Rome – Day 5: Galleries and Lessons

This morning I started in the Galleries of the Palace of the Doria Pamphilij. It has been years since my last visit.

I got the audio guide, which was sprinkled through with charming accounts of family history by one of the members of the family who still live in the palace.

It’s quite a treat.  Don’t miss it.  You can get a photo pass.

 

One of my favorite renditions of a popular theme in it’s era.

 

When you go to the Gallery, don’t miss learning about this one.  Donna Olimpia.  She must have been a fright to live with.  At one point she talked Innocent X, her brother in law, out of the licenses for the brothels in Rome, arguing that it wasn’t right for the Holy See to have them.  She immediately took the income and put the family crest over the doors.  At one point she locked the Pope in his room.  Interesting.

 

I told you the other day that my cincture disintegrated.  So… thanks to anyone who made a donation.  I had to buy some new things.

A wall near St. Andrea della Valle where you can still see traces of the graffiti left by invaders from the Sack of Rome.

 

At Ss. Trinità for Mass, I found Father Vicarius teaching a deacon from the NAC how to say the Extraordinary Form.

Lunch.

 

On my way back from errands in the evening.   The statues on the “Angel Bridge” are amazing.  You never get tired of them.

The view after supper.  Alas the Jesuits have this one.   For now.

Please share this post!
Share

About Fr. John Zuhlsdorf

Fr. Z is the guy who runs this blog. o{]:¬)
This entry was posted in On the road, Seminarians and Seminaries, SUMMORUM PONTIFICUM, What Fr. Z is up to. Bookmark the permalink.

9 Responses to Rome – Day 5: Galleries and Lessons

  1. “At Ss. Trinità for Mass, I found Father Vicarius teaching a deacon from the NAC how to say the Extraordinary Form.”

    Brick for brick! Good news!

  2. St Donatus says:

    Okay, this is a new one on me. Did the Church run brothels?

    When you go to the Gallery, don’t miss learning about this one. Donna Olimpia. She must have been a fright to live with. At one point she talked Innocent X, her brother in law, out of the licenses for the brothels in Rome, arguing that it wasn’t right for the Holy See to have them. She immediately took the income and put the family crest over the doors. At one point she locked the Pope in his room. Interesting.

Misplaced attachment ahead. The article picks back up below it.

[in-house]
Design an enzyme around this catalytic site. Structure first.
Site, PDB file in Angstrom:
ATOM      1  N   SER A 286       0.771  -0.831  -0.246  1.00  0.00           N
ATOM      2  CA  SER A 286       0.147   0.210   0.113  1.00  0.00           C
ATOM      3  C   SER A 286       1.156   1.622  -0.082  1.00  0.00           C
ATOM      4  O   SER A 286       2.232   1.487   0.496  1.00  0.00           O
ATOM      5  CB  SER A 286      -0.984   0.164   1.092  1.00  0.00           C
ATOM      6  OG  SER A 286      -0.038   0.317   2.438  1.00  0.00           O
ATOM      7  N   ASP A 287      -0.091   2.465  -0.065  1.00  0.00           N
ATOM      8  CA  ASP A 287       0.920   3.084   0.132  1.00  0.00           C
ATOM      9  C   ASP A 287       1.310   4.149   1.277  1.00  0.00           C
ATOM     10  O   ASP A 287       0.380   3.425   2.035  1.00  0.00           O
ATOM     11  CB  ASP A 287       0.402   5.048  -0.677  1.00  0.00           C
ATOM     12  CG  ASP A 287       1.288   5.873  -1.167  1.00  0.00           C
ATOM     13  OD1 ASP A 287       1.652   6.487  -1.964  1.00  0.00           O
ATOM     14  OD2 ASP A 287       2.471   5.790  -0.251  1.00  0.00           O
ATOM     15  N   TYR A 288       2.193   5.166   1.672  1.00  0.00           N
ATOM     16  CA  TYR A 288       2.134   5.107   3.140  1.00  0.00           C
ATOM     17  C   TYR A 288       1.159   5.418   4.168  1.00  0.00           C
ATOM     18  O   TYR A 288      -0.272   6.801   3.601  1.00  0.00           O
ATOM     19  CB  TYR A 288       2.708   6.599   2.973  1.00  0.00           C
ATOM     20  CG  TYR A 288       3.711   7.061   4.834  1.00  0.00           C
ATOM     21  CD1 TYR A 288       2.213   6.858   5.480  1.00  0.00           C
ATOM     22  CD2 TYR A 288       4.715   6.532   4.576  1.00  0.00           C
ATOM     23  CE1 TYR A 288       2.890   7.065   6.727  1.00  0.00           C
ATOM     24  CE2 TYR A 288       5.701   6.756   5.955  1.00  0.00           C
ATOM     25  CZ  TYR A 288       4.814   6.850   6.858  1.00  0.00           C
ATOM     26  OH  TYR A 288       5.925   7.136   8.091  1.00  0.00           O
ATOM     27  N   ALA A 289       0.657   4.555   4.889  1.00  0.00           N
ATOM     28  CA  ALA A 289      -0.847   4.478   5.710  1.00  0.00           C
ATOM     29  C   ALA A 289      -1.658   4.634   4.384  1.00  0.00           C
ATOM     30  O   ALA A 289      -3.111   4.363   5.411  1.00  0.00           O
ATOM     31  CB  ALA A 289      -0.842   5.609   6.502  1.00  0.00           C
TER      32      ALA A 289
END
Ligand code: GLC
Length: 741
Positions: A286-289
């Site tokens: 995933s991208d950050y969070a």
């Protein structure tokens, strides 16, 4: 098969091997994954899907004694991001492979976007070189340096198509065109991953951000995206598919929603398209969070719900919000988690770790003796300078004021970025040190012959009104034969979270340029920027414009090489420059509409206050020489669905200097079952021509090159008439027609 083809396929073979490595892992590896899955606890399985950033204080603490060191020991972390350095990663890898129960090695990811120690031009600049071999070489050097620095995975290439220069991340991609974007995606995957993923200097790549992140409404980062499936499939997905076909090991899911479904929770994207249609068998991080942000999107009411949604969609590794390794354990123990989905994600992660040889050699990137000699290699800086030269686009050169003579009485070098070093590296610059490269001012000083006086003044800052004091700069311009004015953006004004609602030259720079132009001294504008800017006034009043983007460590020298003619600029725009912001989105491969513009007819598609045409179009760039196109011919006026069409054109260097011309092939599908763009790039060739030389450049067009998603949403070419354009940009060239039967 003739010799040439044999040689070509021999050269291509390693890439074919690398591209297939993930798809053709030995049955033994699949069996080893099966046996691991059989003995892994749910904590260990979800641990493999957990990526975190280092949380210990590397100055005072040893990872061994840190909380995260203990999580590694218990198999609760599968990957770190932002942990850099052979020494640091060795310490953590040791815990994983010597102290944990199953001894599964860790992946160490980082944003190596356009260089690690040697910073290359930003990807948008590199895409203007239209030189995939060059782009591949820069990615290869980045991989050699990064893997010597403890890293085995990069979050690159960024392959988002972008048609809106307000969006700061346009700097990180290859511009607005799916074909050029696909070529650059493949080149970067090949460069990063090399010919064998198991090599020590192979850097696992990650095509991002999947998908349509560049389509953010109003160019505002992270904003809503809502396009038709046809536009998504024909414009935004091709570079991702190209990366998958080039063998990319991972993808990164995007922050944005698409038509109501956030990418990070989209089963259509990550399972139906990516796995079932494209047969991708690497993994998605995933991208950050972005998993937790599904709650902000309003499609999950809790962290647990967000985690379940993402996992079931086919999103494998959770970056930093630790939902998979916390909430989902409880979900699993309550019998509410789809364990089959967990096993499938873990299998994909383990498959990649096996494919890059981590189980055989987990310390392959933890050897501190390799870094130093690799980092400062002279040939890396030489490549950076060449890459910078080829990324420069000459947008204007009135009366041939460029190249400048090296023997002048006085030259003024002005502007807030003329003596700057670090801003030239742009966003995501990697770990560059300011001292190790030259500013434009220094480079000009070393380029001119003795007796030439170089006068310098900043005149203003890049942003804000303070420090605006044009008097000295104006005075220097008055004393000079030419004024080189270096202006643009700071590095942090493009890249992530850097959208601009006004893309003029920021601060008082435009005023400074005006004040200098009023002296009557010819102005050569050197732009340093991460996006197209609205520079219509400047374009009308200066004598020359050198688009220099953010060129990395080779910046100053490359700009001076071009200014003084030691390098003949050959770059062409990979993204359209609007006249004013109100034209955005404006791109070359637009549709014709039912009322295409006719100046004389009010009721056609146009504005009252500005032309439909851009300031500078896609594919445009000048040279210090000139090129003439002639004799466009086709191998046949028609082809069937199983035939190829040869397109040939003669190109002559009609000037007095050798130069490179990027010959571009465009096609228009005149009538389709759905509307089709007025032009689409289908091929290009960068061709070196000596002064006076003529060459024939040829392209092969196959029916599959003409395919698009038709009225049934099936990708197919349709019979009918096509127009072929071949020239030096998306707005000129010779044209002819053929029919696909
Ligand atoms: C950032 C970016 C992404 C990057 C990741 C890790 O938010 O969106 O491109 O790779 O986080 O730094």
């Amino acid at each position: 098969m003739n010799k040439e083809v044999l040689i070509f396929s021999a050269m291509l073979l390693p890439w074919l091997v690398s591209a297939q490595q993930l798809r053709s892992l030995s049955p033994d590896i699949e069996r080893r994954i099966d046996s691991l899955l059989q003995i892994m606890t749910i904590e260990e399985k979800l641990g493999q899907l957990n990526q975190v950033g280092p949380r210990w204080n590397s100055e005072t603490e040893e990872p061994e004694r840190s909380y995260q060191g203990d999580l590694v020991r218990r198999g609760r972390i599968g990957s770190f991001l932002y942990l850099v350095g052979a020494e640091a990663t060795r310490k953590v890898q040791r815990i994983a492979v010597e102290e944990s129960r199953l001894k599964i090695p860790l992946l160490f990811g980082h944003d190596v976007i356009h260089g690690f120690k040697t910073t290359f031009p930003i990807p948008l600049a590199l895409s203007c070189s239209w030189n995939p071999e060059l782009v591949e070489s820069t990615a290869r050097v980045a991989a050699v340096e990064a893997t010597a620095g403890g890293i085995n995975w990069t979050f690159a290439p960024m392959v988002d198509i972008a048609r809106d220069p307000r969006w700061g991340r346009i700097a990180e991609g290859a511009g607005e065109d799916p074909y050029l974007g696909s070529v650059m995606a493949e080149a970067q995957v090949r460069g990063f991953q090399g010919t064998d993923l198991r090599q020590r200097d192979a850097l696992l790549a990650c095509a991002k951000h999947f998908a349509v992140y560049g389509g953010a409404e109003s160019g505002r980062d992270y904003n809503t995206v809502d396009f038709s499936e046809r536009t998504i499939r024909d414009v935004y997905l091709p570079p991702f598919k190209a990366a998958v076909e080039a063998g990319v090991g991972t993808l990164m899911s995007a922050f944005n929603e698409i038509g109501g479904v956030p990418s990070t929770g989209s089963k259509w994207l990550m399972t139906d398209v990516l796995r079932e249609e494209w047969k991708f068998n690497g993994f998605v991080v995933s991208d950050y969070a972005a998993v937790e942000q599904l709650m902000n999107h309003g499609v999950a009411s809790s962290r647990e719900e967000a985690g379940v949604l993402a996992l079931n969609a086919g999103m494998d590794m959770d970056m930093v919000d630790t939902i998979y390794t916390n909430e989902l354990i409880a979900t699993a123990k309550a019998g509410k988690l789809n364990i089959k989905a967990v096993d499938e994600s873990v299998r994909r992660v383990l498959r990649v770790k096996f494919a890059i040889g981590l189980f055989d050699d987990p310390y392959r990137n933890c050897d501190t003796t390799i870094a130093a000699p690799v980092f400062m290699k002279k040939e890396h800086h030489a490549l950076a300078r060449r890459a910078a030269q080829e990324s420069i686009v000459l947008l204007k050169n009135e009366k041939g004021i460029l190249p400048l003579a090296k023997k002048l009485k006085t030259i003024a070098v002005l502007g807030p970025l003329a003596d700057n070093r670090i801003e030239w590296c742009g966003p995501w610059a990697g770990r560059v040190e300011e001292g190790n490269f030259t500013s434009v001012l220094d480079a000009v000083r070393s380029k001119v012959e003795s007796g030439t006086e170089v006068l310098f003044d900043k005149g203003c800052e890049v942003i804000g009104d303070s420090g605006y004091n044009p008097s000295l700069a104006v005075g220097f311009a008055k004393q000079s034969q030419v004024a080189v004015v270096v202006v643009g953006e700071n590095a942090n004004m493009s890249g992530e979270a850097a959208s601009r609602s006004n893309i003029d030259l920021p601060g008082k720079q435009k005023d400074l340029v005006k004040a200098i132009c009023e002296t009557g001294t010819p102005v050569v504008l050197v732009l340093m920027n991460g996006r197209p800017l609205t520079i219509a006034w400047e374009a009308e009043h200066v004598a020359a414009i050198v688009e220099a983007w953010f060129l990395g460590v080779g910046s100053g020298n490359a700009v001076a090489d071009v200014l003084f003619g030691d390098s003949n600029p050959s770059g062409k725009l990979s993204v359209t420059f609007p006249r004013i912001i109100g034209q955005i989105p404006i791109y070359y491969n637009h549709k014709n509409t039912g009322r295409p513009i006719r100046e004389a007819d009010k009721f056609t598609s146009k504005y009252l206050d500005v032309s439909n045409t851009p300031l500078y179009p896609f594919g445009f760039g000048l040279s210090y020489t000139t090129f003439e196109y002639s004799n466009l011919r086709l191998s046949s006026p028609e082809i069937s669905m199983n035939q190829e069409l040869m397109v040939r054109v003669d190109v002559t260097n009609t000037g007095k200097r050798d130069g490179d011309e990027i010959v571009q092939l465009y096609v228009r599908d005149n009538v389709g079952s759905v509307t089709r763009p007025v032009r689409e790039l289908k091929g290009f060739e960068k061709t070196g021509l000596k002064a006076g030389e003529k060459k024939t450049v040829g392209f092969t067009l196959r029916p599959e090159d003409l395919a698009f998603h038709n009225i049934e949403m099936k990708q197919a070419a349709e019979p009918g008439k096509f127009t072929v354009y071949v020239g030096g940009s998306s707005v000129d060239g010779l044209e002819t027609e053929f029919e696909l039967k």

I found some information on the web but don’t know how accurate it is. I understand that the Church has tolerated sinful behavior in the past due to the force of the state, but actually participating in sin. Of course, humans will make mistakes and as we have seen in recent years, some of those mistakes can cost the souls of the faithful.

    Do you know anything about this history?

  3. benedetta says:

    Was Rome sacked by invaders Fr.? I must have missed that bit as I scrolled along my google algorithm amalgamated headlines incorporated today. What a pity…Oh well.

  4. Venerator Sti Lot says:

    benedetta,

    Do you happen to know Hella Haasse’s The Scarlet City: A Novel of 16th-century Italy (1952)? It has a pretty hair-raising treatment of the Sack of Rome in 1527 – or is Fr. Z referring to one of the various earlier Sacks?

  5. benedetta says:

    V. S. Lot,
    That sounds like an excellent read! I will be sure to check it out. I had presumed that graffiti was left behind in some fairly more recent occurrence which may or may not have flashed by the various outlets, news sources, email blasts, or leafletting I receive in real time from my cave and/or bunker.
    Yours etc.

  6. jameeka says:

    Out of charity, I will not say who “Donna Olimpia” reminds me of…but poor Innocent X!

  7. Cantor says:

    At one point she locked the Pope in his room. Interesting.

    Was the Swiss Guard – then in town for a century and a half – perhaps not as efficient as it is today, or were the guards in on the plot?!

  8. Laura R. says:

    Anyone interested in finding out more about Donna Olimpia might take a look at Mistress of the Vatican by Eleanor Herman. An non-Catholic friend gave it to me several years ago; I didn’t find it especially edifying but it’s an interesting look at the papacy in those times.

  9. The Cobbler says:

    “For now,” he says, as if he knew of plans to alter the circumstance in question.

Comments are closed.